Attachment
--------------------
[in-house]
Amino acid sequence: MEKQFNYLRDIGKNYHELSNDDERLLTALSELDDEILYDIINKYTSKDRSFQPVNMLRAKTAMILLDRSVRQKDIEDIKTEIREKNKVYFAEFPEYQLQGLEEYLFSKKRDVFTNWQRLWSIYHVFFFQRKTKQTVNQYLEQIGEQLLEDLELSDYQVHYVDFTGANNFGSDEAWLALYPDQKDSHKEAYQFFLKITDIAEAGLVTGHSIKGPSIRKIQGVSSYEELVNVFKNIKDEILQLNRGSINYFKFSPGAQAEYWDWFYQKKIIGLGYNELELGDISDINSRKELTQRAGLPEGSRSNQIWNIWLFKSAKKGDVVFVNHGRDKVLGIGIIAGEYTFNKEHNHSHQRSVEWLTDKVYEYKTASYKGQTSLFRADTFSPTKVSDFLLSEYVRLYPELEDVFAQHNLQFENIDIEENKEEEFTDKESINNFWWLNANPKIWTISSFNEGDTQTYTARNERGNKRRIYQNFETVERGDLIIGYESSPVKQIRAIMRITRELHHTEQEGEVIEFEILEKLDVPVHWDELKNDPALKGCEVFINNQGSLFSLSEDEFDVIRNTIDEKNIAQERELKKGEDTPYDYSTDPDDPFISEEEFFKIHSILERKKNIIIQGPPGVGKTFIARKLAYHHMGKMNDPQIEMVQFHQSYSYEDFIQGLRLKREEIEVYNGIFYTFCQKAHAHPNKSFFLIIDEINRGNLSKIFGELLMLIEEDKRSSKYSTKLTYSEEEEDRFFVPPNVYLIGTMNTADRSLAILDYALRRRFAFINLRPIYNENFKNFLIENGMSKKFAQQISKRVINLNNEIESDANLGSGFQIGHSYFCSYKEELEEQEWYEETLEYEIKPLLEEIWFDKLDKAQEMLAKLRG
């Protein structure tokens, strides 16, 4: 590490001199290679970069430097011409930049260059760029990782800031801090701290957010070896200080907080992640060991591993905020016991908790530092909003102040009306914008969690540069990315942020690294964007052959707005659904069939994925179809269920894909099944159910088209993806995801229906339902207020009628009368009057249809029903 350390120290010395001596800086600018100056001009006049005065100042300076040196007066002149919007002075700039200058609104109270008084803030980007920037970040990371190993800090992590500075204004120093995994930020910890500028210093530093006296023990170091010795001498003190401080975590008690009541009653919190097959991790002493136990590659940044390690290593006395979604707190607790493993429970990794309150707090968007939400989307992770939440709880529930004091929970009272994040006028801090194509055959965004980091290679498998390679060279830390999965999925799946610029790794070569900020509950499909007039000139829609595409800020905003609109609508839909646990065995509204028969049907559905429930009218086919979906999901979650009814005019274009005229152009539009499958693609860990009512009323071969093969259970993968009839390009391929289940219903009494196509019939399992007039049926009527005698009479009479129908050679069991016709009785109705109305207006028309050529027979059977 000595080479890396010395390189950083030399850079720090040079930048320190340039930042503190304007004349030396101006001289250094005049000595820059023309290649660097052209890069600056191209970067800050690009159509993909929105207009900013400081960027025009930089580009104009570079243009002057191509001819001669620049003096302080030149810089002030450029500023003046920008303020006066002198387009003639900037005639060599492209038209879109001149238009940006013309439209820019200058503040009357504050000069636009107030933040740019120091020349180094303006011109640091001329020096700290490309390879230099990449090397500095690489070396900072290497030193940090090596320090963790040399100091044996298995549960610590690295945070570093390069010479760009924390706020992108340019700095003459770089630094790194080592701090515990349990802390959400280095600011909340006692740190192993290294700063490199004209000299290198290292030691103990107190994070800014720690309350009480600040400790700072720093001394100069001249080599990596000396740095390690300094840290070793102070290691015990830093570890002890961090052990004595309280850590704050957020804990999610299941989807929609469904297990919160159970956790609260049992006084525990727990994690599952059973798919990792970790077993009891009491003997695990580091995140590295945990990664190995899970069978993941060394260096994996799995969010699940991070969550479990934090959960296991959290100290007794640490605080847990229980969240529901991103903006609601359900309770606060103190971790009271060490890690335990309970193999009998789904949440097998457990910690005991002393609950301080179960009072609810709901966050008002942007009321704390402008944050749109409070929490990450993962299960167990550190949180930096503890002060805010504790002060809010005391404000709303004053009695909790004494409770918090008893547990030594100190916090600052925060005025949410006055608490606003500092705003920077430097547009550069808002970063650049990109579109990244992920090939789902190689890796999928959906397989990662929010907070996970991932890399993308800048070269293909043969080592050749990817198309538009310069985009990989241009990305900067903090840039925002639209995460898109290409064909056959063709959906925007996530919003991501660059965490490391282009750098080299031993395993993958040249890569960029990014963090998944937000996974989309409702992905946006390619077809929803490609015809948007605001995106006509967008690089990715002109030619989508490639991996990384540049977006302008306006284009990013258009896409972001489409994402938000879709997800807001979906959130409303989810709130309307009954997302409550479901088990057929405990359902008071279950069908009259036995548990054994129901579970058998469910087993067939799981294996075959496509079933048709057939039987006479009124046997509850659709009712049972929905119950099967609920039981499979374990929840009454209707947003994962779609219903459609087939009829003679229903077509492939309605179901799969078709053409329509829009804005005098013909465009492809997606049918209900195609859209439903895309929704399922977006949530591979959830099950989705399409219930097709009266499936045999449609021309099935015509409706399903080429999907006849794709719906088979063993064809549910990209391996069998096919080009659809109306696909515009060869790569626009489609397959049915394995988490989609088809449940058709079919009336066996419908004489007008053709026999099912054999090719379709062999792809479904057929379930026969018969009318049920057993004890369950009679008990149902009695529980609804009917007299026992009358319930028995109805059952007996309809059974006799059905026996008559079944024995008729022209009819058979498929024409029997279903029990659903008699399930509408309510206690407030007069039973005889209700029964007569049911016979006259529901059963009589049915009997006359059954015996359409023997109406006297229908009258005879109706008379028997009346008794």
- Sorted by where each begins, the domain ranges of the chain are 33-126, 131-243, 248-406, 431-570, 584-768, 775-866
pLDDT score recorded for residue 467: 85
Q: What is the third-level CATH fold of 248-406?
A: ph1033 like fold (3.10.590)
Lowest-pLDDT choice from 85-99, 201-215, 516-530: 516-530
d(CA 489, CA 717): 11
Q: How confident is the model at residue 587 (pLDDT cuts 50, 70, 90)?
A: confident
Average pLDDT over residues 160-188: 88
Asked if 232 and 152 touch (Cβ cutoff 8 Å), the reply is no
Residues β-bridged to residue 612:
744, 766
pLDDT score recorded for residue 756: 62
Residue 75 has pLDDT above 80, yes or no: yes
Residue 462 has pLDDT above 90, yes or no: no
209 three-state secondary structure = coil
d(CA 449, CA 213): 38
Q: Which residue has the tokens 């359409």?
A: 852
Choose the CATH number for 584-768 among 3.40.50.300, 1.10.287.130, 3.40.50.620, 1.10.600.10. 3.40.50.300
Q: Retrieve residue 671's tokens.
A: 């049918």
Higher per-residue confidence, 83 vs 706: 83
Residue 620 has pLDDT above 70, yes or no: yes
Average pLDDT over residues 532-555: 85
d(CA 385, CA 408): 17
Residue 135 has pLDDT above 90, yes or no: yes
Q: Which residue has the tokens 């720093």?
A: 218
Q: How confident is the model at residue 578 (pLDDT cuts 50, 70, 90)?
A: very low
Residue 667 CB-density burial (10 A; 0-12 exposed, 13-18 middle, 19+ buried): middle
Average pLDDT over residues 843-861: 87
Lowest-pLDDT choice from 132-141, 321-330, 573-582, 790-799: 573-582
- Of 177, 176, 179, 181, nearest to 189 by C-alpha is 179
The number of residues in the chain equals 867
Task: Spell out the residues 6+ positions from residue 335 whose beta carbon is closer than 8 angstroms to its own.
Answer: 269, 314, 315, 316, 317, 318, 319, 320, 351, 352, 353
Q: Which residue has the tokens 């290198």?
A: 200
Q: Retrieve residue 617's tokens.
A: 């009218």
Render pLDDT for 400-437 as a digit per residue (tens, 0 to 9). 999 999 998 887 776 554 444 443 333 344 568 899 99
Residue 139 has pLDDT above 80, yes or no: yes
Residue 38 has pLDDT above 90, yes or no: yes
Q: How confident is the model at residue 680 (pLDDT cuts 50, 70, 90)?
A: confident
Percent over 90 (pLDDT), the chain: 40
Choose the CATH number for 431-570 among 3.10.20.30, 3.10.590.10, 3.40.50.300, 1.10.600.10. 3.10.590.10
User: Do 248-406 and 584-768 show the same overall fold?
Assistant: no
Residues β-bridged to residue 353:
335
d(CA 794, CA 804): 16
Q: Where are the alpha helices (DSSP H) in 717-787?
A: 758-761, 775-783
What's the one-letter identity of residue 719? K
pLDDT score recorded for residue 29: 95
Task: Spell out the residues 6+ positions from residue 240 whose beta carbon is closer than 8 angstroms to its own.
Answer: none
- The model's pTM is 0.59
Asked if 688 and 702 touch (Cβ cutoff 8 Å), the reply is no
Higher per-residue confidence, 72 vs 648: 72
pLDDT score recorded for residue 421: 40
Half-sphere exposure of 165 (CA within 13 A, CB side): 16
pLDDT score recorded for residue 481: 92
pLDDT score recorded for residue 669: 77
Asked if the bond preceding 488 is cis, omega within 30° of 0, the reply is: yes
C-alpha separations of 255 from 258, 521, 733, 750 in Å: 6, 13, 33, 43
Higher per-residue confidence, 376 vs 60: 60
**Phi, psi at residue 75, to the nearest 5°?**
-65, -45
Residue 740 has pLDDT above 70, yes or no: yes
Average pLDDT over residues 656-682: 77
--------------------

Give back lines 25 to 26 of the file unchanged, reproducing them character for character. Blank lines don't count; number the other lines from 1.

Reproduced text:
A: 């049918």
Higher per-residue confidence, 83 vs 706: 83